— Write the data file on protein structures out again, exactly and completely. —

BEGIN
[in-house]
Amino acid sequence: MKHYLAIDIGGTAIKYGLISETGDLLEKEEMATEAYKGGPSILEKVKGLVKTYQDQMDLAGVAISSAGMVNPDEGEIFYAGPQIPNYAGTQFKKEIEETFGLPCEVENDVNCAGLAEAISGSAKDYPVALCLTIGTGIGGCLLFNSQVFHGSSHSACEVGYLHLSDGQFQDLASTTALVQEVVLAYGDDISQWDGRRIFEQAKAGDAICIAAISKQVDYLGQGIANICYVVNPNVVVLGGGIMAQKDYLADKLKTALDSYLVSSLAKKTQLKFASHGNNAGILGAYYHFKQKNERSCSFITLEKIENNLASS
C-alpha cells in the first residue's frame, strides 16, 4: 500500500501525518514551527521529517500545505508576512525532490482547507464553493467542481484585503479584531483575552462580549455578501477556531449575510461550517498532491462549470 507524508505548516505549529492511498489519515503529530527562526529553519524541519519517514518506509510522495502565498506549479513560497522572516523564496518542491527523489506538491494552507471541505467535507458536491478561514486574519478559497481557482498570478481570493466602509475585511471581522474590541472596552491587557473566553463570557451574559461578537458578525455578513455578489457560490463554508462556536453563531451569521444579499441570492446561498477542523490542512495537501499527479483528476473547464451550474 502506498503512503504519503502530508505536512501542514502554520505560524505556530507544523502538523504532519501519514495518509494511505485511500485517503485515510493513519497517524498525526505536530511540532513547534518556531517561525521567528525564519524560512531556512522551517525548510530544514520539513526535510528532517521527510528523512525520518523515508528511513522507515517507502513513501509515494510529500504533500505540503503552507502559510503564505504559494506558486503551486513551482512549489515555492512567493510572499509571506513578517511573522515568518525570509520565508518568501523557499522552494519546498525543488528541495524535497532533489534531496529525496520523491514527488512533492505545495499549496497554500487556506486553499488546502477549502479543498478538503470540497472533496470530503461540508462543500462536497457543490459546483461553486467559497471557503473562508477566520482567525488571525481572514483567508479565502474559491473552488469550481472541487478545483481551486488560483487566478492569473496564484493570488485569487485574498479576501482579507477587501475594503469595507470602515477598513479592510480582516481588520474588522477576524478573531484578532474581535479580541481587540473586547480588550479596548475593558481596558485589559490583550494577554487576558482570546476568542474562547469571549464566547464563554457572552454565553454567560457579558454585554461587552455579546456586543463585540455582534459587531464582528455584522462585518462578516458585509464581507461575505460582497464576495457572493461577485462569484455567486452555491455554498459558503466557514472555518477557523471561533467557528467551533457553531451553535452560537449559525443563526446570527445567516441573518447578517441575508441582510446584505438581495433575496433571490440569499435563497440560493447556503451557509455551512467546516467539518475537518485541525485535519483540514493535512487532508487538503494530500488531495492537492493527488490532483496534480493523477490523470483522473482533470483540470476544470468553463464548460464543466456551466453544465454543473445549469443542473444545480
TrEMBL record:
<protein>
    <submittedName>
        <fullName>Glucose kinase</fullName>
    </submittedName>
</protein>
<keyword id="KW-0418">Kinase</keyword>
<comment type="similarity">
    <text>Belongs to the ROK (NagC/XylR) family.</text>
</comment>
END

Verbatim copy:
[in-house]
Amino acid sequence: MKHYLAIDIGGTAIKYGLISETGDLLEKEEMATEAYKGGPSILEKVKGLVKTYQDQMDLAGVAISSAGMVNPDEGEIFYAGPQIPNYAGTQFKKEIEETFGLPCEVENDVNCAGLAEAISGSAKDYPVALCLTIGTGIGGCLLFNSQVFHGSSHSACEVGYLHLSDGQFQDLASTTALVQEVVLAYGDDISQWDGRRIFEQAKAGDAICIAAISKQVDYLGQGIANICYVVNPNVVVLGGGIMAQKDYLADKLKTALDSYLVSSLAKKTQLKFASHGNNAGILGAYYHFKQKNERSCSFITLEKIENNLASS
C-alpha cells in the first residue's frame, strides 16, 4: 500500500501525518514551527521529517500545505508576512525532490482547507464553493467542481484585503479584531483575552462580549455578501477556531449575510461550517498532491462549470 507524508505548516505549529492511498489519515503529530527562526529553519524541519519517514518506509510522495502565498506549479513560497522572516523564496518542491527523489506538491494552507471541505467535507458536491478561514486574519478559497481557482498570478481570493466602509475585511471581522474590541472596552491587557473566553463570557451574559461578537458578525455578513455578489457560490463554508462556536453563531451569521444579499441570492446561498477542523490542512495537501499527479483528476473547464451550474 502506498503512503504519503502530508505536512501542514502554520505560524505556530507544523502538523504532519501519514495518509494511505485511500485517503485515510493513519497517524498525526505536530511540532513547534518556531517561525521567528525564519524560512531556512522551517525548510530544514520539513526535510528532517521527510528523512525520518523515508528511513522507515517507502513513501509515494510529500504533500505540503503552507502559510503564505504559494506558486503551486513551482512549489515555492512567493510572499509571506513578517511573522515568518525570509520565508518568501523557499522552494519546498525543488528541495524535497532533489534531496529525496520523491514527488512533492505545495499549496497554500487556506486553499488546502477549502479543498478538503470540497472533496470530503461540508462543500462536497457543490459546483461553486467559497471557503473562508477566520482567525488571525481572514483567508479565502474559491473552488469550481472541487478545483481551486488560483487566478492569473496564484493570488485569487485574498479576501482579507477587501475594503469595507470602515477598513479592510480582516481588520474588522477576524478573531484578532474581535479580541481587540473586547480588550479596548475593558481596558485589559490583550494577554487576558482570546476568542474562547469571549464566547464563554457572552454565553454567560457579558454585554461587552455579546456586543463585540455582534459587531464582528455584522462585518462578516458585509464581507461575505460582497464576495457572493461577485462569484455567486452555491455554498459558503466557514472555518477557523471561533467557528467551533457553531451553535452560537449559525443563526446570527445567516441573518447578517441575508441582510446584505438581495433575496433571490440569499435563497440560493447556503451557509455551512467546516467539518475537518485541525485535519483540514493535512487532508487538503494530500488531495492537492493527488490532483496534480493523477490523470483522473482533470483540470476544470468553463464548460464543466456551466453544465454543473445549469443542473444545480
TrEMBL record:
<protein>
    <submittedName>
        <fullName>Glucose kinase</fullName>
    </submittedName>
</protein>
<keyword id="KW-0418">Kinase</keyword>
<comment type="similarity">
    <text>Belongs to the ROK (NagC/XylR) family.</text>
</comment>